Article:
Sheffield communities come together at Hillsborough Stadium for big Ramadan celebration

Sheffield Wednesday FC has joined forces with Sheffield City Council to host a first-ever Ramadan celebration event.
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The community iftar dinner held at the 1867 Lounge at Hillsborough Stadium was attended by more than 300 people. Iftar is the meal when Muslims break their daily fast during their holy month of Ramadan.

The event was organised in collaboration with the city council’s Central Local Area Committee (LAC). It was funded by Central LAC councillors who are elected for the wards of Broomhill and Sharrow Vale, City, Hillsborough and Walkley.

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The celebration brought together people from many backgrounds to come together to break the fast, share delicious food and engage in conversations. The free event aimed to promote inter-social and inter-cultural understanding among the communities of Sheffield.

Guests at a community iftar dinner enjoying a tour of Sheffield Wednesday's Hillsborough Stadium. Picture supplied by Adeel ZamanGuests at a community iftar dinner enjoying a tour of Sheffield Wednesday's Hillsborough Stadium. Picture supplied by Adeel Zaman
Guests at a community iftar dinner enjoying a tour of Sheffield Wednesday's Hillsborough Stadium. Picture supplied by Adeel Zaman

Coun Brian Holmshaw, chair of the Central LAC, told guests: “This iftar is a gathering of Sheffield’s diverse communities and reaffirms our status as the first City of Sanctuary in the UK. Thank you to Sheffield Wednesday’s Community Programme for supporting and hosting this event at the stadium.”

The evening commenced with queues of guests waiting to be taken for a tour of the football stadium and take pitch-side photos.

Unity

Adeel Zaman, community services manager at the council and event organiser, opened the formal proceedings by saying: “Today is about unity, it’s about friendship and sitting down with people to learn from one another.” Adeel thanked Ben Winter, deputy head of the football club’s Community Programme, for collaborating to put on the event.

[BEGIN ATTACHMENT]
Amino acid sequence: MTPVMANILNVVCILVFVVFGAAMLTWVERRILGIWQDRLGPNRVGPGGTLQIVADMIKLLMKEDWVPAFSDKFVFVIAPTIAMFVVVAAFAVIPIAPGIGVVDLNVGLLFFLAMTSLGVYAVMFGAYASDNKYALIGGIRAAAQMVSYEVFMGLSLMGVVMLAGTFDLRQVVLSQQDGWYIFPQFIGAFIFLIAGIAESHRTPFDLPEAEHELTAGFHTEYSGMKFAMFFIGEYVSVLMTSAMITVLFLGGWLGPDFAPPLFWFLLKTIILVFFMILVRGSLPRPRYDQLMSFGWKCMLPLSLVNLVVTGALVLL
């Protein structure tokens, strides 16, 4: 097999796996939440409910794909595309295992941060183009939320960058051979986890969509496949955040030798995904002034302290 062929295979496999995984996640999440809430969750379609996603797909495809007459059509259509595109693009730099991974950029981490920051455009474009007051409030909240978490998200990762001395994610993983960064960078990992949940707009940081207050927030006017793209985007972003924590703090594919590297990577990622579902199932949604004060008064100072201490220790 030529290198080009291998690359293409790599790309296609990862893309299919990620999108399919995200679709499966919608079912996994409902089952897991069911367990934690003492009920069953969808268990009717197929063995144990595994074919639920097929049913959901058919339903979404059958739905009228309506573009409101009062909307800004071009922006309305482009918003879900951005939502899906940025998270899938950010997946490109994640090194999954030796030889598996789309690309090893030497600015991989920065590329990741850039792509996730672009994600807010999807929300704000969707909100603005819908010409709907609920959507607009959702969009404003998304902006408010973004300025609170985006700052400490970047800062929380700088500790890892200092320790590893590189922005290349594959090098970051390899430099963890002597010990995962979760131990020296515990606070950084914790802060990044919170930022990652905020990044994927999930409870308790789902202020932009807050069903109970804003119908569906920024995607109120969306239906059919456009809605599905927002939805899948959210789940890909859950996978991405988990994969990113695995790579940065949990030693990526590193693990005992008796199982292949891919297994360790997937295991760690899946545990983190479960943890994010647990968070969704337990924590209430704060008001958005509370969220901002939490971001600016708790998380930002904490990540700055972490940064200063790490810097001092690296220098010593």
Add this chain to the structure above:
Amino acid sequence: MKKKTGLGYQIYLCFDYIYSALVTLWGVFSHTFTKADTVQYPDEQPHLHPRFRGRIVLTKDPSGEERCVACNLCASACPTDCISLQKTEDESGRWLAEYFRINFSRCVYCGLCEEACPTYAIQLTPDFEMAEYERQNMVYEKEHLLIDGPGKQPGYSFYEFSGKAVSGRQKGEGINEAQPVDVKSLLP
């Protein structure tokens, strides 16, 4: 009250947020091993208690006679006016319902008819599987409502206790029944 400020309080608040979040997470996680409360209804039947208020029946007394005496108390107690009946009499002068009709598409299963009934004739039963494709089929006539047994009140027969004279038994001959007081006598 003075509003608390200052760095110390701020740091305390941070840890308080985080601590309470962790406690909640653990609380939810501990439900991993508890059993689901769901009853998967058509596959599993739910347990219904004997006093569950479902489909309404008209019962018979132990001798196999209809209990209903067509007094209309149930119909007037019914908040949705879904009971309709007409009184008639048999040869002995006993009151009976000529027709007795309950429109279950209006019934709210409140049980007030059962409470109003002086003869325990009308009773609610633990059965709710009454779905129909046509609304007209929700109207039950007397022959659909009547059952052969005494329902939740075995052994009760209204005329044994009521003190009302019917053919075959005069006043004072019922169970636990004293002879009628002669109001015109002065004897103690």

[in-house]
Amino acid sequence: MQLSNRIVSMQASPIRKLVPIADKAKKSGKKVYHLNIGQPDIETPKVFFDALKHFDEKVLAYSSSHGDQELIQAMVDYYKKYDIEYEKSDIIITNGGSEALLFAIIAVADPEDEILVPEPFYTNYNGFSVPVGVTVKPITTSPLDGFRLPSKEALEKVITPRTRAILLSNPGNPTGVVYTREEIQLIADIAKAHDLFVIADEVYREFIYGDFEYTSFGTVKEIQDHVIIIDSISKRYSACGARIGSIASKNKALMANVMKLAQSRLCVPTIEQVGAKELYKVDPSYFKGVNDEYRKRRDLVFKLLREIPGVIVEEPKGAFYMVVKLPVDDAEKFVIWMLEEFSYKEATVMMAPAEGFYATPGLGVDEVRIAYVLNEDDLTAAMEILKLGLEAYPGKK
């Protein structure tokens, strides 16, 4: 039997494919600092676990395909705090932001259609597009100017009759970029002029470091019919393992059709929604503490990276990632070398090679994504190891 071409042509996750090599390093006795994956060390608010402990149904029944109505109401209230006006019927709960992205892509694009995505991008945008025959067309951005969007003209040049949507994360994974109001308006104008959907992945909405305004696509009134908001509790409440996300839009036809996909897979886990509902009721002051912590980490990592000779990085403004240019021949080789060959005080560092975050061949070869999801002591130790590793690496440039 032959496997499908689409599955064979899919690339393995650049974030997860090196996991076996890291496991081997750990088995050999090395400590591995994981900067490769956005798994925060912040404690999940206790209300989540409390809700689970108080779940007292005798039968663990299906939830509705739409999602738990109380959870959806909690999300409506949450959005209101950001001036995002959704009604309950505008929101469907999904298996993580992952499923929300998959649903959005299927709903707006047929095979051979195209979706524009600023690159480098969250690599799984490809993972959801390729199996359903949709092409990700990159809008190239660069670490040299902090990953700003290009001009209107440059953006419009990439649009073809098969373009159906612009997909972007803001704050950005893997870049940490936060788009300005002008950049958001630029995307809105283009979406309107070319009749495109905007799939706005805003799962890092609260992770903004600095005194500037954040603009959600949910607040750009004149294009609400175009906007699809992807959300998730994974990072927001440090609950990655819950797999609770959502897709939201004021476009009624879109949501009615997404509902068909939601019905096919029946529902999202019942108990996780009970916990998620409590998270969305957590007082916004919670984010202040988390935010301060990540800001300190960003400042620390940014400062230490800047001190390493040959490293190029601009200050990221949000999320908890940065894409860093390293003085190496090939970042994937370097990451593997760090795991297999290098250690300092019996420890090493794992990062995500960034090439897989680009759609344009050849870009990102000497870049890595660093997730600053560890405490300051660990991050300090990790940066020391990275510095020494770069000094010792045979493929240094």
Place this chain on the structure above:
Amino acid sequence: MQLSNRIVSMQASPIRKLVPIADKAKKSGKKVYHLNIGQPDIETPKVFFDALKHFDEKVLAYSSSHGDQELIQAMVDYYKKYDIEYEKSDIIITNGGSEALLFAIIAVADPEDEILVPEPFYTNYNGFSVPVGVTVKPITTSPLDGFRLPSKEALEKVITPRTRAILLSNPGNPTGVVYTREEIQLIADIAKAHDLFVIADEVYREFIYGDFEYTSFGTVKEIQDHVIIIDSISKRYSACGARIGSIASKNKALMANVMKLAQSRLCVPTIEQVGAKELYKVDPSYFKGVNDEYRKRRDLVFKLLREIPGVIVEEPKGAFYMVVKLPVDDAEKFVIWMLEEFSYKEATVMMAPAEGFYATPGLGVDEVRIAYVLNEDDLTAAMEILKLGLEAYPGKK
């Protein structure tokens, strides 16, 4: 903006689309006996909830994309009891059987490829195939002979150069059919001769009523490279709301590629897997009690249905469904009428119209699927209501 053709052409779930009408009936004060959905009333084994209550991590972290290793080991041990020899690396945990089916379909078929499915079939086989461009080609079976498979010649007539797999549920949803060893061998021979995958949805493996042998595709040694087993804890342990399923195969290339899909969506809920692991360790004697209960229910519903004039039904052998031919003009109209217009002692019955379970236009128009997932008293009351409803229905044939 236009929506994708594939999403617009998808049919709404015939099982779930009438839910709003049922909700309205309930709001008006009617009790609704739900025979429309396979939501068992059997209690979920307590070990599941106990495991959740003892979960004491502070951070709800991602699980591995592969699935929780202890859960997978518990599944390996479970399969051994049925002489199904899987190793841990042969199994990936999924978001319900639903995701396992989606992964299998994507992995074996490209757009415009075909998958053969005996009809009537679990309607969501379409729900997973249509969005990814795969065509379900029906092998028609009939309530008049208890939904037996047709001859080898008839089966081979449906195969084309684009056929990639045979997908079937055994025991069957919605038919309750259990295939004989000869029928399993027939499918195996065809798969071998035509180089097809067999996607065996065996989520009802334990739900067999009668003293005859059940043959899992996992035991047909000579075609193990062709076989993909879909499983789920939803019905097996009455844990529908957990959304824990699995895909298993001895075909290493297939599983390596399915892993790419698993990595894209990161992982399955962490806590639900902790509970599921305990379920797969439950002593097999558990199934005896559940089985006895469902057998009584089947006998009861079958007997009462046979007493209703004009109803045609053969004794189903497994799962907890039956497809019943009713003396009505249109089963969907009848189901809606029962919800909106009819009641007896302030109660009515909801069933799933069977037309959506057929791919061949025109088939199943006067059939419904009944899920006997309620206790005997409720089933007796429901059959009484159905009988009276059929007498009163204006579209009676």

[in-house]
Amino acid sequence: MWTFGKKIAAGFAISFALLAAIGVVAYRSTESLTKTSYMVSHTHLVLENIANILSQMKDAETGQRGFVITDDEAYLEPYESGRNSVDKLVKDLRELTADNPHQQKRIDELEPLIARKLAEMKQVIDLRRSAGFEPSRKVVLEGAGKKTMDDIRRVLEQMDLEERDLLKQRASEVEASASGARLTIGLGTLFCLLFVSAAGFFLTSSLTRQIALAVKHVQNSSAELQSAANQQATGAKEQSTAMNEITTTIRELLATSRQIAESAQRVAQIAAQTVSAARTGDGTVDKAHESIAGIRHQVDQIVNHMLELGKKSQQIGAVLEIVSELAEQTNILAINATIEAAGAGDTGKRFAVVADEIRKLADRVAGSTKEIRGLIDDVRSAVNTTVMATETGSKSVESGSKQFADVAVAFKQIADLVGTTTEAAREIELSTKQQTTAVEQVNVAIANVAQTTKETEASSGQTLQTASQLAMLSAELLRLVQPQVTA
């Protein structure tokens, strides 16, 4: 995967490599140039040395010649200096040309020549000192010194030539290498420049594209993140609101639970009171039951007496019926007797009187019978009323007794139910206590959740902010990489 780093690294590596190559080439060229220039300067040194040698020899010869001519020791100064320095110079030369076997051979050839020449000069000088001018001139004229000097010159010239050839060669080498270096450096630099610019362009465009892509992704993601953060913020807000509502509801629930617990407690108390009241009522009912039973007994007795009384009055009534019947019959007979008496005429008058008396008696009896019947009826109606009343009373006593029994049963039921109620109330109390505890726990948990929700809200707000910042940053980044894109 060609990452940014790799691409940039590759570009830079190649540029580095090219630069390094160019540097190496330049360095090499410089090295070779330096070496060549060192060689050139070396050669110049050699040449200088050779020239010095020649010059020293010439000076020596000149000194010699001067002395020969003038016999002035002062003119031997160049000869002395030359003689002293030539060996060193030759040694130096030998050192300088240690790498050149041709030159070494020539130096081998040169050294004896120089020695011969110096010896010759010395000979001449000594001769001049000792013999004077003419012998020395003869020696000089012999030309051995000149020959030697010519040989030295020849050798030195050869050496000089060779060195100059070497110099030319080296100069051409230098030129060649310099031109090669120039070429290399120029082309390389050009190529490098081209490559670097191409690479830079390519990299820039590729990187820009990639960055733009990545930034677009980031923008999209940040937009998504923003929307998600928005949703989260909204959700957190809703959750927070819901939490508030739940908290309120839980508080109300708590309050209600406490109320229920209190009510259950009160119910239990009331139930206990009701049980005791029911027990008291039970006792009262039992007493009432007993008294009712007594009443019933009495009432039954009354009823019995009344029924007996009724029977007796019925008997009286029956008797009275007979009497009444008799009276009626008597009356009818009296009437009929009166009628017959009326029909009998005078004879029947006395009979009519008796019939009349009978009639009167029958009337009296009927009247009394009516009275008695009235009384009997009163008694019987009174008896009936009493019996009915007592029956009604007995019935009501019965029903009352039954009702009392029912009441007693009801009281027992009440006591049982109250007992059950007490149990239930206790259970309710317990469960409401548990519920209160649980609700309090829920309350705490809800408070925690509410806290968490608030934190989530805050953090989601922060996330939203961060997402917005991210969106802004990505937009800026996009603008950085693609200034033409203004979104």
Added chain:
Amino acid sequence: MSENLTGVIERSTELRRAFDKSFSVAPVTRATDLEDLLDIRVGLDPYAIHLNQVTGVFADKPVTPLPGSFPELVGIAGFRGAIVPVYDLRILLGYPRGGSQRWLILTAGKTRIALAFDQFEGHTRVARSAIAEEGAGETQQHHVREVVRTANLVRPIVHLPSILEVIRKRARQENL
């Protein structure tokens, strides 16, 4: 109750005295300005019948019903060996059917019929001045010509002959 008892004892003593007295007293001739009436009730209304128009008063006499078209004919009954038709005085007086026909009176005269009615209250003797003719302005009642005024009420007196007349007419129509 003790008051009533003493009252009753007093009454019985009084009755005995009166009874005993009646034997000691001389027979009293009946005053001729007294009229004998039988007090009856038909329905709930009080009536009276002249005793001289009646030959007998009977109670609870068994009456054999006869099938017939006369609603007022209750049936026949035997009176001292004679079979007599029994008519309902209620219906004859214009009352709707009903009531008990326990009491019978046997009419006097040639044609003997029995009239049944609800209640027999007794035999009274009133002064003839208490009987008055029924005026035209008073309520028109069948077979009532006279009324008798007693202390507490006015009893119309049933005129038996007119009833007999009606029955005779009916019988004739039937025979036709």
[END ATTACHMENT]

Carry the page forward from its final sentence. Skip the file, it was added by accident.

A community iftar dinner orgamised at Hillsborough Stadium in Sheffield brought together a diverse range of guests from city communities to celebrate Ramadan. Collage supplied by Adeel ZamanA community iftar dinner orgamised at Hillsborough Stadium in Sheffield brought together a diverse range of guests from city communities to celebrate Ramadan. Collage supplied by Adeel Zaman
A community iftar dinner orgamised at Hillsborough Stadium in Sheffield brought together a diverse range of guests from city communities to celebrate Ramadan. Collage supplied by Adeel Zaman
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Guest speakers included Bishop Sophie Jelley, acting Bishop of Sheffield, Patsy Cunningham of Sheffield Reform Jewish Congregation and Ustadha Ameena Blake, Muslim chaplain at the University of Sheffield. The Dean of Sheffield, Rev Canon Abigail Thompson, also attended.

Bishop Sophie spoke about friendship and peace across the world and said she was honoured to be invited. Patsy delivered a moving speech on suffering and how we must love one another and be kind.

Ustadha Blake shared that “Ramadan is about charity and bringing communities together. It’s not just about hunger, it’s about caring and showing affection to one another”.

Dean of Sheffield Rev Canon Abigail Thompson, Patsy Cunnigham, Ustadha Ameena Blake, Bishop Sophie Jelley and Coun Zahira Naz at a community iftar dinner at Hillsborough Stadium. Picture supplied by Adeel ZamanDean of Sheffield Rev Canon Abigail Thompson, Patsy Cunnigham, Ustadha Ameena Blake, Bishop Sophie Jelley and Coun Zahira Naz at a community iftar dinner at Hillsborough Stadium. Picture supplied by Adeel Zaman
Dean of Sheffield Rev Canon Abigail Thompson, Patsy Cunnigham, Ustadha Ameena Blake, Bishop Sophie Jelley and Coun Zahira Naz at a community iftar dinner at Hillsborough Stadium. Picture supplied by Adeel Zaman

Deputy council leader Coun Fran Belbin said in the closing remarks how great it was to see so many people from different backgrounds together.

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Hafiz Adil Malik recited verses of the Holy Quran. The guests learnt that Adil had memorised the entire Quran by the age of 16. This was followed by the adhan (call to prayer).

Gifts

After the Muslims present had performed their prayers, all guests enjoyed a three-course meal.

Members of Sheffield Council and South Yorkshire Mayor Oliver Coppard with community iftar event organiser Adeel Zaman. Picture supplied by Adeel ZamanMembers of Sheffield Council and South Yorkshire Mayor Oliver Coppard with community iftar event organiser Adeel Zaman. Picture supplied by Adeel Zaman
Members of Sheffield Council and South Yorkshire Mayor Oliver Coppard with community iftar event organiser Adeel Zaman. Picture supplied by Adeel Zaman

The event concluded with children receiving gifts of Ramadan advent calendars from the LAC team and activity books donated by Sheffield Wednesday.

Special guests included South Yorkshire Mayor Oliver Coppard, Liz Ballard, chief executive of Sheffield and Rotherham Wildlife Trust, and Louisa Harrison-Walker, chief executive of the Sheffield Chamber of Commerce, alongside representatives of community groups across the city.

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Coun Zahira Naz, who helped with the organisation, said: “Sheffield’s diversity is our greatest strength, there is no place for hatred or intimidation in our city. We stand together and we bring people together.

“We stand united against islamophobia and anti-semitism. At a time when we are dealing with rising hate crimes and those who seek to divide us, this community iftar brought us all together to share love and unity.”